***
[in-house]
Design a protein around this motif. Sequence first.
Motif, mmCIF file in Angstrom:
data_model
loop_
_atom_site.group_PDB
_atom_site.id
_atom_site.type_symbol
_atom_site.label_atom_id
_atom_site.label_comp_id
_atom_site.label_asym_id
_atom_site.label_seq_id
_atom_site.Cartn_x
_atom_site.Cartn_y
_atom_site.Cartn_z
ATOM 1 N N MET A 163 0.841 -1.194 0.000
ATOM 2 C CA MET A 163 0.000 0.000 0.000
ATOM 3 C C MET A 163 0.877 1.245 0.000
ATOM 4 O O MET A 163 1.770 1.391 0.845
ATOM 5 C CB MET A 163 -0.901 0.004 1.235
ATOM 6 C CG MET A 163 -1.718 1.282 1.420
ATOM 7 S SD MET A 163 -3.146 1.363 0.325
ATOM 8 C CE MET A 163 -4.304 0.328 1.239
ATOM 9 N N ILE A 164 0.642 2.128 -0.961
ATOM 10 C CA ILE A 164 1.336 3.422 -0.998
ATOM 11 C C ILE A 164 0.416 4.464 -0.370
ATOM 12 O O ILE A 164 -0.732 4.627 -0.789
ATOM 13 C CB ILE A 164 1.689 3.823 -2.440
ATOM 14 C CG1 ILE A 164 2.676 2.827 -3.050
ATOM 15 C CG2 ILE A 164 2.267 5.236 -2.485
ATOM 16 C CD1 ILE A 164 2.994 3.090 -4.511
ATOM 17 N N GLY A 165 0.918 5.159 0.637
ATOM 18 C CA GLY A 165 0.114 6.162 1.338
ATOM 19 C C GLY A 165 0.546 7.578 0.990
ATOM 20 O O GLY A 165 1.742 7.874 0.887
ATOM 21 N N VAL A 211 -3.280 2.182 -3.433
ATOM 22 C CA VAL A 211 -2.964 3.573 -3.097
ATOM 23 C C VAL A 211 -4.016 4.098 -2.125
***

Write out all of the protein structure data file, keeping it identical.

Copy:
[in-house]
Design a protein around this motif. Sequence first.
Motif, mmCIF file in Angstrom:
data_model
loop_
_atom_site.group_PDB
_atom_site.id
_atom_site.type_symbol
_atom_site.label_atom_id
_atom_site.label_comp_id
_atom_site.label_asym_id
_atom_site.label_seq_id
_atom_site.Cartn_x
_atom_site.Cartn_y
_atom_site.Cartn_z
ATOM 1 N N MET A 163 0.841 -1.194 0.000
ATOM 2 C CA MET A 163 0.000 0.000 0.000
ATOM 3 C C MET A 163 0.877 1.245 0.000
ATOM 4 O O MET A 163 1.770 1.391 0.845
ATOM 5 C CB MET A 163 -0.901 0.004 1.235
ATOM 6 C CG MET A 163 -1.718 1.282 1.420
ATOM 7 S SD MET A 163 -3.146 1.363 0.325
ATOM 8 C CE MET A 163 -4.304 0.328 1.239
ATOM 9 N N ILE A 164 0.642 2.128 -0.961
ATOM 10 C CA ILE A 164 1.336 3.422 -0.998
ATOM 11 C C ILE A 164 0.416 4.464 -0.370
ATOM 12 O O ILE A 164 -0.732 4.627 -0.789
ATOM 13 C CB ILE A 164 1.689 3.823 -2.440
ATOM 14 C CG1 ILE A 164 2.676 2.827 -3.050
ATOM 15 C CG2 ILE A 164 2.267 5.236 -2.485
ATOM 16 C CD1 ILE A 164 2.994 3.090 -4.511
ATOM 17 N N GLY A 165 0.918 5.159 0.637
ATOM 18 C CA GLY A 165 0.114 6.162 1.338
ATOM 19 C C GLY A 165 0.546 7.578 0.990
ATOM 20 O O GLY A 165 1.742 7.874 0.887
ATOM 21 N N VAL A 211 -3.280 2.182 -3.433
ATOM 22 C CA VAL A 211 -2.964 3.573 -3.097
ATOM 23 C C VAL A 211 -4.016 4.098 -2.125